Tom Munds Kicking the football for Englewood High School helped Amado Villarreal develop his skills to the point he was able to walk on at …
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Kicking the football for Englewood High School helped Amado
Villarreal develop his skills to the point he was able to walk on
at Northwestern University.
In his final two years with the Pirates, Villarreal made 10 of
21 field goals and 45 of 51 extra-point tries and averaged 62.7
yards when he kicked off for Englewood.
The 2004 EHS graduate kicked his first field goal for
Northwestern in the 2005 Sun Bowl and won the starting place
kicking job in 2007.
Villarreal retained his job this year. So far, he has made 15 of
18 field goals and is on track to break the Northwestern
single-season field goal record of 20. He is the team scoring
leader with 65 points and probably will break his own single-season
scoring record of 72 points and could make it into the school’s
top-10 scoring leader, a list that begins at 78 points.
He kicked three field goals in the game against Michigan and was
the Sept. 22 Big Ten Special Team Player of the week as he booted
three field goals and an extra point, making it the second week in
a row he had scored in double figures.
Villarreal took a few minutes out of his busy schedule to talk
to the Englewood Herald about his football career, his college
career and his plans for the future.
This is your final year at Northwestern so how are things
The year is going well. The team is playing well and I am
kicking well so far this year. It’s fun and I’m enjoying kicking
Talk a little about your five years with the Northwestern
I came in as a walk on and the coaches decided to redshirt me
that first season. That means I work out and practice just like
everyone else but I don’t suit up or play in games. The next year,
I made the team and this is my fourth season as a kicker. The
decision to redshirt me was a good one because it helped me get
acclimated to the speed and intensity of college football and the
demands of being a student athlete. It also helped me refine my
kicking skills so I was more focused and kicked more
Has your kicking technique changed dramatically since you kicked
There really isn’t a huge change in the basic technique but I
have grown stronger and improved my skills over the years, so I am
now a much better kicker. In high school, I just went out and
kicked the football and I was still a kid when I came to
Northwestern. The coaches helped me refine my skills and now I know
what is expected of me when I take the field and I know where I
need to put the football. I focus and make sure I go through the
same routine the same way every time I kick the ball.
Talk about your regular routine as a college football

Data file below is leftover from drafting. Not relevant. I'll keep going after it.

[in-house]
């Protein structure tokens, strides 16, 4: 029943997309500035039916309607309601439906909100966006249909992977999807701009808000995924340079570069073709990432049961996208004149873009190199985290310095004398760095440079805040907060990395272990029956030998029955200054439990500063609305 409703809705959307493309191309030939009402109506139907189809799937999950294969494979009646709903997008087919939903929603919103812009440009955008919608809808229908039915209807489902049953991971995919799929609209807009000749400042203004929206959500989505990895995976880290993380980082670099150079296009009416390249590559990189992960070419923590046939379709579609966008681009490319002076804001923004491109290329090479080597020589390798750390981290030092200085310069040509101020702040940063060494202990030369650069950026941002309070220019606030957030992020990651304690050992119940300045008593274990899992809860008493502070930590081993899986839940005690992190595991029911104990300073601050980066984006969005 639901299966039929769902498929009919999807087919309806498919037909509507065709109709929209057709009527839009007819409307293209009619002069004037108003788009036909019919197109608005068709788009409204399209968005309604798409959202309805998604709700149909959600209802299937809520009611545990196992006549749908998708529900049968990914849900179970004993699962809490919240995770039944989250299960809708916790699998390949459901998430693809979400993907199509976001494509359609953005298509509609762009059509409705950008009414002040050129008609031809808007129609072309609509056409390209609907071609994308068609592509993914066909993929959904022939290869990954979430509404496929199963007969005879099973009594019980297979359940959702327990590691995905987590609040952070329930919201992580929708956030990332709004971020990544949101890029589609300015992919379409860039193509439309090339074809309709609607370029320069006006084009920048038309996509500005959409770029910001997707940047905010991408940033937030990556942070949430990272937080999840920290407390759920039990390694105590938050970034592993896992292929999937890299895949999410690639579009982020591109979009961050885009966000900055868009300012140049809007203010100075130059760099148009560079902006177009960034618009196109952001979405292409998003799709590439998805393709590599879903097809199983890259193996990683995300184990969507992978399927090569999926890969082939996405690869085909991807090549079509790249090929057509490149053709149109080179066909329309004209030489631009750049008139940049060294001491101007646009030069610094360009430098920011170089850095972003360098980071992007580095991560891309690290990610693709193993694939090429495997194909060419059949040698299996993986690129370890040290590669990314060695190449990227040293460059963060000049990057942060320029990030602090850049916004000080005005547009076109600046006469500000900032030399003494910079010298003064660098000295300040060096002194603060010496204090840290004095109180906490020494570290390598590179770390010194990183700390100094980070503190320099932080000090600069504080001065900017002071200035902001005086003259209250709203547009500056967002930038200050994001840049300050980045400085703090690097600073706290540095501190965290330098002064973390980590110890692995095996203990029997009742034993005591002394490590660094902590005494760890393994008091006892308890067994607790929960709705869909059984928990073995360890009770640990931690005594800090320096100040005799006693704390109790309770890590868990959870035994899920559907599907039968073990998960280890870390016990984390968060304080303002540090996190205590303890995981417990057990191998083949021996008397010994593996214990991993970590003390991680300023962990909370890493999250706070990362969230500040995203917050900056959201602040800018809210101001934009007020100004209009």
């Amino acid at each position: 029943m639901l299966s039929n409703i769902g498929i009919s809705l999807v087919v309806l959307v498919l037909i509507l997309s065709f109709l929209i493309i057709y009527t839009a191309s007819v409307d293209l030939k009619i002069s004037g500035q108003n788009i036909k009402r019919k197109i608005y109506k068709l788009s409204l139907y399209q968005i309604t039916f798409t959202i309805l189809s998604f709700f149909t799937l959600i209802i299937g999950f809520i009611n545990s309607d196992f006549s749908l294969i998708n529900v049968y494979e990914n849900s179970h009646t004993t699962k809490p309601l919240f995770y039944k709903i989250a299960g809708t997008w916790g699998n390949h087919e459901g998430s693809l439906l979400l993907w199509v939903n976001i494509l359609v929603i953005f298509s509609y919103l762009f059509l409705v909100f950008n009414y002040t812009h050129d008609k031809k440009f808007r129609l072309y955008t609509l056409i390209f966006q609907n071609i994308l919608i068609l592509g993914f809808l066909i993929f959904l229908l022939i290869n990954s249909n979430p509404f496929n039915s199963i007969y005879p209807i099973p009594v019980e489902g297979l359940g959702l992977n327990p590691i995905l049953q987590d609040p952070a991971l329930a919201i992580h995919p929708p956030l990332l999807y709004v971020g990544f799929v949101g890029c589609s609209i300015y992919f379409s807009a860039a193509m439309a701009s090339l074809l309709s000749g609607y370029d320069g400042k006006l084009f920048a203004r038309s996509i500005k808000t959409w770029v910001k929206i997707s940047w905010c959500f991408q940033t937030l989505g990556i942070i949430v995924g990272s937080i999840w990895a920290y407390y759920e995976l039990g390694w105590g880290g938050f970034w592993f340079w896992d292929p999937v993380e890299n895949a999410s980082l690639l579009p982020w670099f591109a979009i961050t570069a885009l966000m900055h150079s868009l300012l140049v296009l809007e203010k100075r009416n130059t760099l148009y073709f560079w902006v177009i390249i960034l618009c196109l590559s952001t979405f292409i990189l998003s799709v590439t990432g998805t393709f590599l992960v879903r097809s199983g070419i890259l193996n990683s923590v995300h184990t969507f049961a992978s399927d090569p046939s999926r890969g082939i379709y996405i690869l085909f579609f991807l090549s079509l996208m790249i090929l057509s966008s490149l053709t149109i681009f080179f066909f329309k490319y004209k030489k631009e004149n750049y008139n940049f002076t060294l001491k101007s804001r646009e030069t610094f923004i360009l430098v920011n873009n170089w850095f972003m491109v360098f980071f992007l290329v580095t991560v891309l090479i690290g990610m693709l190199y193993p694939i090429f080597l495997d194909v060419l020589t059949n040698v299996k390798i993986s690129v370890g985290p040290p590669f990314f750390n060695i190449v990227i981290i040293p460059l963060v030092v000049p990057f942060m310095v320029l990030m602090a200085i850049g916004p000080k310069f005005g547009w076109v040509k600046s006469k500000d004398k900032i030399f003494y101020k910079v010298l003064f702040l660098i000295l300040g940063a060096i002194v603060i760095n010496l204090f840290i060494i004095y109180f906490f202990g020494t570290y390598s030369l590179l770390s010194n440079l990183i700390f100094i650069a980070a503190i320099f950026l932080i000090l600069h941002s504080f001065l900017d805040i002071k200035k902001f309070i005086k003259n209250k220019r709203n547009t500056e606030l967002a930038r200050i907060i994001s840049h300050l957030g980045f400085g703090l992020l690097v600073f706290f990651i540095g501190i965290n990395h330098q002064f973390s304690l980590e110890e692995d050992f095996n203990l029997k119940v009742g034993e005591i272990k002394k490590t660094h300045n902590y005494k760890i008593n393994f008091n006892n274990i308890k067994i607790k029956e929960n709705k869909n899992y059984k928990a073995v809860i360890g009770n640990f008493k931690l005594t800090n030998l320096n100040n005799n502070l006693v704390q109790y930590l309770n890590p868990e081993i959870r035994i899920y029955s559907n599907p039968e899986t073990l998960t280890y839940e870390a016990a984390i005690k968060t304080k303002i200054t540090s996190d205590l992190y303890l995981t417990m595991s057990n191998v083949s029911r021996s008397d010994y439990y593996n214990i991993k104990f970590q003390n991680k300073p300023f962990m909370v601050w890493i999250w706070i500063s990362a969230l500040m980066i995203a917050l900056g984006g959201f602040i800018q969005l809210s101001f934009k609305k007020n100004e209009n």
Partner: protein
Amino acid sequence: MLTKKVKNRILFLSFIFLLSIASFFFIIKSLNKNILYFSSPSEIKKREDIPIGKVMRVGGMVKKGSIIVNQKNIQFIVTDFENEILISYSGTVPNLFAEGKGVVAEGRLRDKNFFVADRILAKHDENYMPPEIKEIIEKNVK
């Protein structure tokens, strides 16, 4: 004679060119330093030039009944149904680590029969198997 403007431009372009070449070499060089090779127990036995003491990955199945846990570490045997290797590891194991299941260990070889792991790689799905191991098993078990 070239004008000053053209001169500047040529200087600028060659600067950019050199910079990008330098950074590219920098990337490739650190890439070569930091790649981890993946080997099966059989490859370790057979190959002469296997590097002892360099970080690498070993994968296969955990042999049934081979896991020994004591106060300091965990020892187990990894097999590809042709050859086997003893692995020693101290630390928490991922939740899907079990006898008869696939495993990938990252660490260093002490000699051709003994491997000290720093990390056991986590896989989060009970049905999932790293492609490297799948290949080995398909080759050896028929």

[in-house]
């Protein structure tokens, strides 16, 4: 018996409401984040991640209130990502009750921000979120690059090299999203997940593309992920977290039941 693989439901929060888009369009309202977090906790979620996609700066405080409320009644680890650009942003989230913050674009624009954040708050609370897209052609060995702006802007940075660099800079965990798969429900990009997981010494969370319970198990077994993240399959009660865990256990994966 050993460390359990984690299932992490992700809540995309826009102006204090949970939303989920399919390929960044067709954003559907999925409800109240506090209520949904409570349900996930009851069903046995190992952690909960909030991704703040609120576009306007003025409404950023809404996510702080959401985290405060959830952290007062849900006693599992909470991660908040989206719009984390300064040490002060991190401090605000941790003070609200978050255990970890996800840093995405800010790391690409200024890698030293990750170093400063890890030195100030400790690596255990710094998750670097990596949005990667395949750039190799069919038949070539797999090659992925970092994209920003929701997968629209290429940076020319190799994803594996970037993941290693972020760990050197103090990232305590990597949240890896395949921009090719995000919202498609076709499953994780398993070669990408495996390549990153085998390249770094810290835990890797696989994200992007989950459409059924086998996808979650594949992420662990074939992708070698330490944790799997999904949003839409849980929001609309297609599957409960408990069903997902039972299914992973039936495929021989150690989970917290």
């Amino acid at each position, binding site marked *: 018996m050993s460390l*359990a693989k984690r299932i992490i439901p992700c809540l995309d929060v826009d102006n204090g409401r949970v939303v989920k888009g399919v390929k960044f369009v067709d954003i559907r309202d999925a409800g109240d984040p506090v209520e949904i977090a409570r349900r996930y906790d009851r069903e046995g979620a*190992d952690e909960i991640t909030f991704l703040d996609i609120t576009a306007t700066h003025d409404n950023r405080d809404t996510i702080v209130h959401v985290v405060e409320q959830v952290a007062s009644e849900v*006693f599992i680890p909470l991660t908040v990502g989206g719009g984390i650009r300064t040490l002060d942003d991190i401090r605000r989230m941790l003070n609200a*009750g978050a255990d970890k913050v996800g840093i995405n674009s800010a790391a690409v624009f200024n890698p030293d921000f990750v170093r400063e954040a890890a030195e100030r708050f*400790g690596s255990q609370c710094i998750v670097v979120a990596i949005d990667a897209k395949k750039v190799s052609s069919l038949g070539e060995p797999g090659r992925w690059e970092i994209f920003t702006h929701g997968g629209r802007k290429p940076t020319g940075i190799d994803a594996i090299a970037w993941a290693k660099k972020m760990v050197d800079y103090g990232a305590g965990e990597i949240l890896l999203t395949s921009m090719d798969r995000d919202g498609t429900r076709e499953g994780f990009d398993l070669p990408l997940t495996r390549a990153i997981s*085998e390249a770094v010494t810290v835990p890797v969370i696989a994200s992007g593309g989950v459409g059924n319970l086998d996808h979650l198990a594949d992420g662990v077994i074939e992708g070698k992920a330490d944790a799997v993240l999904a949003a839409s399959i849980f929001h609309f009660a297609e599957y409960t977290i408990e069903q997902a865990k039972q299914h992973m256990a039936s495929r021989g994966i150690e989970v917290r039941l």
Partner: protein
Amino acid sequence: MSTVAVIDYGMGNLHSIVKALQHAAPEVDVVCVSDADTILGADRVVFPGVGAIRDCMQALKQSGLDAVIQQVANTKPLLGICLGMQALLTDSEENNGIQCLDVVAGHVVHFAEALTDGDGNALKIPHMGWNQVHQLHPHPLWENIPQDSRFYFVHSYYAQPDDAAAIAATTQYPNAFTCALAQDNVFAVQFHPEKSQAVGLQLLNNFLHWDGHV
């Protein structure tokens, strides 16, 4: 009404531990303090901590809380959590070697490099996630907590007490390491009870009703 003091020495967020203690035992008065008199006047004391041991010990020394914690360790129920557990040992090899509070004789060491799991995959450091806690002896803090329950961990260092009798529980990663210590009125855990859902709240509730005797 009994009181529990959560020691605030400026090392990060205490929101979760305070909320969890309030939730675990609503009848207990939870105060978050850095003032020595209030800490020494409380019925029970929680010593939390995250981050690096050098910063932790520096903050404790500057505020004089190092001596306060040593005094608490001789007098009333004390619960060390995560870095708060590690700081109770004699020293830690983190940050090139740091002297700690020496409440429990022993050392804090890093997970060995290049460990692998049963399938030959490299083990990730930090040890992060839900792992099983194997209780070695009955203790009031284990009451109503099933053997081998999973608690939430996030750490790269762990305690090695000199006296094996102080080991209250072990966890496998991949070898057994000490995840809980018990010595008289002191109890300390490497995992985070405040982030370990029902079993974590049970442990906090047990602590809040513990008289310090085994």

Our days start about 7 a.m. each morning. On a typical week, we
don’t practice Monday but report to the stadium to debrief on last
week’s game, stretch and work with light weights. We put on full
pads Tuesday and go through a full practice. Wednesday and Thursday
we wear just shoulder pads for practice. We are limited to a
maximum of 20 hours on-field practice a week. Friday we report to
the stadium at about 10 a.m. If it is an away game, we load up and
travel. If is it a home game, we have meetings, eat meals together
as a team, have chapel and see a movie. Either way, we stay at a
hotel so we are away from the distractions of campus. Saturday is
game day and Sunday is our day off.
Where do classes and studies fit into your schedule?
All the practices are scheduled in the morning so we are
finished by about 11 a.m. That way, we can have the afternoon and
evening for classes and study time. Of course, we know we are
expected to manage our academic schedule so we make good grades and
You have stayed busy. What has five years of college football
One big lesson football has taught me is time management. I am
kept busy with school, football and I am very active in the
Fellowship of Christian Athletes. I learned to be part of the team
and get along well with all the other 100 guys on the team. Also,
being on the team and on the field, I learned to handle and manage
situations when we win and when we don’t. I believe I have learned
lessons from athletics and from football that I can apply to
anything I might face in life.
Have you completed your degree requirements?
Yes. I graduated with a bachelor’s degree in mechanical
engineering in June. Now, I am enrolled in a one-year master’s
degree program in project management.
What are your plans for the future?
Like every other guy that played football, I’d love to play pro
but is is very difficult to break into the NFL as a kicker. We’ll
see how the season goes and what happens with the NFL draft. It
would be awesome to play professional football and I will give it a
try if the opportunity presents itself. However, if there are no
NFL offers, I have received a great education here at Northwestern
and I feel confident I can pursue a great and challenging career in
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